as holdings elsewhere outside, the teal in china, et cetera, what does it say about the global economy? >> we see everything for our business. it's continuing to do okay. you know. we have a big operation in japan. we're still doing reasonably okay in japan. china's a great growth opportunity as you saw for us. looking at brazil and other countries like that, and the u.s. market also is a good market so, you know, don't count out the u.s., so we're here. we've got to figure out some of the issues with product which we have. peter hancock has done an excellent job of bringing risk management into the u.s. marketplace so we're pretty comfortable we'll see growth around the world, and the economies so far have not really dramatically affected our business. >> bob benmosche, nice to have you on the program. >> thanks you. >> president and ceo of aing a. >>> up next, bob pisani and up next a u.s. executive calls french executives lazy. how about that. this is real, folks. he's got up in a public battle with the french. stay with us. you won't want to miss that. ss? at fidelity, we do it by merging
, stimulus program, is fundamentally good for the u.s. economy because it can stand on its own two feet, but within the market, probably there's some more risk in the smaller, lower quality, more cyclical companies that have taken the lead over the last couple of quarters, so we, for example, see real opportunities in what we believe to be high-quality growth companies, companies like oracle, colgate palmolive or one of the world's leading strong gas companies, praxair. >> an eclectic mix there. david steinberg, how would you navigate what appears to be a change in market sentiment as it pertains to the fed right now? >> i think it's just a temporary situation. watch what the fed is doing, not what they are saying. it could could very well have been a trial balloon they are sending up to maneuver, you know, the mentality of, you know, the markets. bottom line, bond yields are too low to make any money. equities can navigate different environments over the lounge run, and the fed is in a tough box with fiscal miss management out of washington where it's at. i right now don't think they h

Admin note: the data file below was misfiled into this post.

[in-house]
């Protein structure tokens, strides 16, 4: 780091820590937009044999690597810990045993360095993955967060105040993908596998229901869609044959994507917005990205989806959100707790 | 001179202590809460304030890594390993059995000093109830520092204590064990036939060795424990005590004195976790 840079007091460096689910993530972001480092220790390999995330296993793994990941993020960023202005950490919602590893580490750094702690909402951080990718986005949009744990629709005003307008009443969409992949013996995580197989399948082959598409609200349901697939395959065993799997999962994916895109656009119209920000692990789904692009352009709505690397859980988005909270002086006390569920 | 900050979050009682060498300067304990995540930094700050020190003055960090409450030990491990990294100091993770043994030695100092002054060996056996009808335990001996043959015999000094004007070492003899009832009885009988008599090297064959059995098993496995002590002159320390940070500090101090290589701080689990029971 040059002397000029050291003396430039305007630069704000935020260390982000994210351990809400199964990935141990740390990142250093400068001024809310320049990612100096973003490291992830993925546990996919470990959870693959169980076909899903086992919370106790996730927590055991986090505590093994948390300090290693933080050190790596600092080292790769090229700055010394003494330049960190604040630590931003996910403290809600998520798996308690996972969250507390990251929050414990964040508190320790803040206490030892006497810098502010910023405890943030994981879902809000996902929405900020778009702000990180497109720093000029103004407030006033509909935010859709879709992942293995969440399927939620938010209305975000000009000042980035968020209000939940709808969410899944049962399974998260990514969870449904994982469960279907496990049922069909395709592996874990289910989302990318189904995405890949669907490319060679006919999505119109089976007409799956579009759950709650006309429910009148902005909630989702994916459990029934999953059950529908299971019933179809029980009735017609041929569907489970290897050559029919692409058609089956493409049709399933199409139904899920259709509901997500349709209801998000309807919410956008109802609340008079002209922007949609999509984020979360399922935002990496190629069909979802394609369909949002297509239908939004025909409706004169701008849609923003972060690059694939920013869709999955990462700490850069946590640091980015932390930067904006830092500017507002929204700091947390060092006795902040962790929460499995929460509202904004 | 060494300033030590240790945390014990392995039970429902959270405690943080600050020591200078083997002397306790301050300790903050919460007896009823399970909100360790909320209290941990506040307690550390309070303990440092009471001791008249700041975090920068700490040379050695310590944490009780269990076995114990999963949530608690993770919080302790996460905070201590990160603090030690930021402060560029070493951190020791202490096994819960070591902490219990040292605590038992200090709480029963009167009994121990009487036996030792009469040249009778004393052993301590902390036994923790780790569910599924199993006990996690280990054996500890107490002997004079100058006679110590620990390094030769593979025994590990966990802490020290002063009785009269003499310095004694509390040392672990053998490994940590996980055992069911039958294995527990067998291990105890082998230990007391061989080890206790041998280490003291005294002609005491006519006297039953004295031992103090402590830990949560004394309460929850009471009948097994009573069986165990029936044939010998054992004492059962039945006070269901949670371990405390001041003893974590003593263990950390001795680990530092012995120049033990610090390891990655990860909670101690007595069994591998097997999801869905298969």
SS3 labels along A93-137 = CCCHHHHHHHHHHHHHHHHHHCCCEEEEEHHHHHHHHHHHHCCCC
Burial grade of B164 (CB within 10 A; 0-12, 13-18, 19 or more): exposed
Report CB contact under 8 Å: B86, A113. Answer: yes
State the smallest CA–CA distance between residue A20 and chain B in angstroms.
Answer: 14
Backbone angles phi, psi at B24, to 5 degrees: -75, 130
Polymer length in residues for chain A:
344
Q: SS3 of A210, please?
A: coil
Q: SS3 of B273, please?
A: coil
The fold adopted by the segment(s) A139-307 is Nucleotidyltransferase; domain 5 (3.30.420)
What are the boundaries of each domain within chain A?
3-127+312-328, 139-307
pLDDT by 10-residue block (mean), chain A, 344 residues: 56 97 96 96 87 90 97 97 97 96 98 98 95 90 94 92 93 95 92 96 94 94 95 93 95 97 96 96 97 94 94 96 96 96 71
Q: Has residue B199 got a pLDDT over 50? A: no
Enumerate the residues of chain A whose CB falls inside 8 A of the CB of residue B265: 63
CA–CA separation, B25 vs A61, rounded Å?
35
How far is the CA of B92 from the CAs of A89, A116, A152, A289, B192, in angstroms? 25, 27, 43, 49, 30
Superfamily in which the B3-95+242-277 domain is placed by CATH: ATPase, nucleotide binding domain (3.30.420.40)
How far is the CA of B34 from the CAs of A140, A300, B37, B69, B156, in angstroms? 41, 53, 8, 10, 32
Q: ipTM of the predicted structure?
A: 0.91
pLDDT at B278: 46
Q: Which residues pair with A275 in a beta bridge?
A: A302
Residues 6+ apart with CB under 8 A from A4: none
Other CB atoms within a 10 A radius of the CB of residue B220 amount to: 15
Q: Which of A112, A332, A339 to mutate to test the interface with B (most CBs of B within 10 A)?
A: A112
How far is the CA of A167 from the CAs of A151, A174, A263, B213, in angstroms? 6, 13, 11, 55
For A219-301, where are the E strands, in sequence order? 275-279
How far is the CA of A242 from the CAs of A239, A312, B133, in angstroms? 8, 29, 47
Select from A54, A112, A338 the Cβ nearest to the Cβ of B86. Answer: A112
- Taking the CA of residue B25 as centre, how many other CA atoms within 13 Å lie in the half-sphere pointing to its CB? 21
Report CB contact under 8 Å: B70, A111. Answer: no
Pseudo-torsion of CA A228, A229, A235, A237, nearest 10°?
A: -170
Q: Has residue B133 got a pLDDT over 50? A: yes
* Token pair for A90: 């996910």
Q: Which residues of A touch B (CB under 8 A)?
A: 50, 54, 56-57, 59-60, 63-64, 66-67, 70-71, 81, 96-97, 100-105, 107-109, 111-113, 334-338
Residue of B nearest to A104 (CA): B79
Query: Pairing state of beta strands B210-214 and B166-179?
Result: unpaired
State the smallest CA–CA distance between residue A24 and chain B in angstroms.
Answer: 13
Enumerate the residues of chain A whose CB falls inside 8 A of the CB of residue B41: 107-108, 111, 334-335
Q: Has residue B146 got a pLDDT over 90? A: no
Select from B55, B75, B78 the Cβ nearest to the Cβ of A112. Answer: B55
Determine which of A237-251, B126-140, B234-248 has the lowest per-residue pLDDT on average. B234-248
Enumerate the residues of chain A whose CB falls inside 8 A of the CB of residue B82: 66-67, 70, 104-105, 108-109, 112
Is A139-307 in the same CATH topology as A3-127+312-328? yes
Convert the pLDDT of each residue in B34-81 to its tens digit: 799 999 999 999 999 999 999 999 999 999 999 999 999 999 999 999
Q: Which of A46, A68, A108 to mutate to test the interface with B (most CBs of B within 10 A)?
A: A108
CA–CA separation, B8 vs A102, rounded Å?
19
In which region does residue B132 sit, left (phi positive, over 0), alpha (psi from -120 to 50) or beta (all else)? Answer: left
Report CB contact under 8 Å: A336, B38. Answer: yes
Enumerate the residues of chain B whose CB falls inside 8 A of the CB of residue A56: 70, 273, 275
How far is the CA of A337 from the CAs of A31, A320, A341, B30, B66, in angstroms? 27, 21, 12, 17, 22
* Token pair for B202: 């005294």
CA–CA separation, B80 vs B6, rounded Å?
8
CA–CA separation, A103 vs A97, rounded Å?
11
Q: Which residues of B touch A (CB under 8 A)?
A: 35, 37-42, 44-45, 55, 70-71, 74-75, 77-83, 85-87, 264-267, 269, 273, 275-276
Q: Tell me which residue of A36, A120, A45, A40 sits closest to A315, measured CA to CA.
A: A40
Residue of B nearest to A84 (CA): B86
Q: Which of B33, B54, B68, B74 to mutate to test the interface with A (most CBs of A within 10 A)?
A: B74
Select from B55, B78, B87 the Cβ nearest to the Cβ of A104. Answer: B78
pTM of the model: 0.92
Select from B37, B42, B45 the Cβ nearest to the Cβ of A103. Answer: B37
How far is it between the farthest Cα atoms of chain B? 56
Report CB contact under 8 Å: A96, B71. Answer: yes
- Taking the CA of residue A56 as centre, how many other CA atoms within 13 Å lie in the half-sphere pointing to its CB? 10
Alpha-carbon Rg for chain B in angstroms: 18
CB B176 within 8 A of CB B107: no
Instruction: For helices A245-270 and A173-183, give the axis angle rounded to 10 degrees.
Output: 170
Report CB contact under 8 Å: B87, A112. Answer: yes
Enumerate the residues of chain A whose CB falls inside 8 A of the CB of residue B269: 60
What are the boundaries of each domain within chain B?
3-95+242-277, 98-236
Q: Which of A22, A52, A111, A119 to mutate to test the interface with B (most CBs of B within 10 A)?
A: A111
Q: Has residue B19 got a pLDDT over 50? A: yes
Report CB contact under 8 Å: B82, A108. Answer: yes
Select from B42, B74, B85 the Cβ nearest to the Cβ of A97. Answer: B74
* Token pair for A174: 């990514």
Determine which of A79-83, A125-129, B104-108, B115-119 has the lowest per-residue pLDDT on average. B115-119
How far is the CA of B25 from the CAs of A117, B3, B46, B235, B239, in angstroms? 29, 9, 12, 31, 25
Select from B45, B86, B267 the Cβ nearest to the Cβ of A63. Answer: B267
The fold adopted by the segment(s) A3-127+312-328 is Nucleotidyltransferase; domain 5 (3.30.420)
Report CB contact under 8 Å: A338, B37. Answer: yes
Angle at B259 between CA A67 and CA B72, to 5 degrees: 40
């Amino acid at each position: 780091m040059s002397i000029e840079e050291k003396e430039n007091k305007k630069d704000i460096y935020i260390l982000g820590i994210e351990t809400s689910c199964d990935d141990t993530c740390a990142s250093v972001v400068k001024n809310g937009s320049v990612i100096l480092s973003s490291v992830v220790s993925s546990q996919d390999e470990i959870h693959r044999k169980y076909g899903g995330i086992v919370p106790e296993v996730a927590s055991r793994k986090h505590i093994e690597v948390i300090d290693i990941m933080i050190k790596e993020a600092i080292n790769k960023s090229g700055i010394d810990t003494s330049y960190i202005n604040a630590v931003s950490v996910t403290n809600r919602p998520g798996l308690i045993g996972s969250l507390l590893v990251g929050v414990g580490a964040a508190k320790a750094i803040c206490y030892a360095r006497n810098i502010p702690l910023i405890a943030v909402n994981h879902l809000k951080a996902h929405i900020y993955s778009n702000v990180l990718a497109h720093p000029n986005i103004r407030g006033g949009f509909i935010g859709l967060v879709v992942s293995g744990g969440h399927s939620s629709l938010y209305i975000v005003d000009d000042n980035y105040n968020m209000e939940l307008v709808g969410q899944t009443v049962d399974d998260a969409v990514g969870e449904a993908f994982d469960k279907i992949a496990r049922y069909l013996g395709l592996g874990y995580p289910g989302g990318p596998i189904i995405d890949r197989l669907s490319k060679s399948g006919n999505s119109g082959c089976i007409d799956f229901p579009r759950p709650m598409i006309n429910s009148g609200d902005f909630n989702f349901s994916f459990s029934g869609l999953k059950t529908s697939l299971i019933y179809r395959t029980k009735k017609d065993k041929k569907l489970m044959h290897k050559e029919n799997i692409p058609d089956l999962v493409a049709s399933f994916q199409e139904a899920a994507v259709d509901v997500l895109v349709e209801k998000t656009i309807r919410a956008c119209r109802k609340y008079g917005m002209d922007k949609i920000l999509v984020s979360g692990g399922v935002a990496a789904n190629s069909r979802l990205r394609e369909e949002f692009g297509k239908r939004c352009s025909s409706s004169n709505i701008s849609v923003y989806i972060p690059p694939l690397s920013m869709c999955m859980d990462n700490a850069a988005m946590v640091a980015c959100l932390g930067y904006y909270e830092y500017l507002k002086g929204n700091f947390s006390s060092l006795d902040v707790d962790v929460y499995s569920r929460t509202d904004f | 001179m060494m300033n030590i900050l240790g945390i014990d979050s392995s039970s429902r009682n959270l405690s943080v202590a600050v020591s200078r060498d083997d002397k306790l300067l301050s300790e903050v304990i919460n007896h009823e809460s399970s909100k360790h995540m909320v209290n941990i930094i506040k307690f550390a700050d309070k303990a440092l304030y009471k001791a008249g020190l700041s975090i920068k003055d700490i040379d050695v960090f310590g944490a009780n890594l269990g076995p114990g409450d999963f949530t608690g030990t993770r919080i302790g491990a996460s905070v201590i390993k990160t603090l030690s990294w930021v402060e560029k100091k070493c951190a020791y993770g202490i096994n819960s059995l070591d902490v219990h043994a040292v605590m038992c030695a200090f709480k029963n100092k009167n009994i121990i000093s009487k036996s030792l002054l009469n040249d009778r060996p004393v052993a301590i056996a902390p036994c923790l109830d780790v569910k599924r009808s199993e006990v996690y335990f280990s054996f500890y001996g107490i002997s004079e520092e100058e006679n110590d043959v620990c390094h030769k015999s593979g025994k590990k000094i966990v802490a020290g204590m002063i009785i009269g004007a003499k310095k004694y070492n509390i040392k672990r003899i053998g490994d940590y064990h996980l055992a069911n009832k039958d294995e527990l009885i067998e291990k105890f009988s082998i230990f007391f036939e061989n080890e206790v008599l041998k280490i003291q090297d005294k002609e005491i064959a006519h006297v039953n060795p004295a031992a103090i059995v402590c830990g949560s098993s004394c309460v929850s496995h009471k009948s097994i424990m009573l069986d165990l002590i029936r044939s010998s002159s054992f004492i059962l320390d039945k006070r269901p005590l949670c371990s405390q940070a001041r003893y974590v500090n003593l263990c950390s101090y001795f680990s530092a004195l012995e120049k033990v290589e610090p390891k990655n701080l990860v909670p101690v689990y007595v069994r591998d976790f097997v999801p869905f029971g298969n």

of the local economy. we have more now on how this could impact all of us. >> with so much money off the table and billions of dollars out of the economy, and economists say everyone will feel the sting from sequestration if it does take effect, but especially the small businesses where profit margins are tight. >> a major investment in a new business just as the driving force of the local economy could take a big swipe out of spending. >> we're hoping we are not too effective but i guess we will see. >> it dream come true for several friends. >> we have taken a leap of faith in the academy. >> but right now, they fear an unpleasant reality. yearsa is a couple of into her own salon and 40% of her profits come from other than basic care cuts. she believes billions of dollars at the local economy will take a bite out of her business. >> i feel like it will effect us on a large scale. in neighborhoods where you hear a lot of shops, they rely on foot traffic and disposable income. >> a lot of people come through. this is a big area. >> across the region, construction is booming again. will there b
creating new job. the u.s. economy is not adding jobs, the claims for uninsurance benefits up pas past-- combined with continued worries ab economic growth lead the major stroke averages lower within the s&p 500 off by 9.5. >> susie: stocks weren't the only investments falling today. many commodities also ended lower, on top of steep declines yesterday. u.s. oil futures fell to there lowest point this year, closing at $92.84 a barrel. so what's at the root of the commodities sell-off, and will it continue? erika miller reports. >> reporter: selling was heavy in crude oil today, as it was in most commodities. but crude also fell on new inventory data showing a big jump in oil supplies. >> today we had an inventory number which came out, which we were expecting a build of around two million barrels. we got a build of around four million barrels. >> reporter: across the room, gold futures were little changed. although industrial metals like platinum and palladium got slammed. grain prices also plunged, with wheat hitting an eight-month low today. the thomson reuters-jefferies c.r.b. index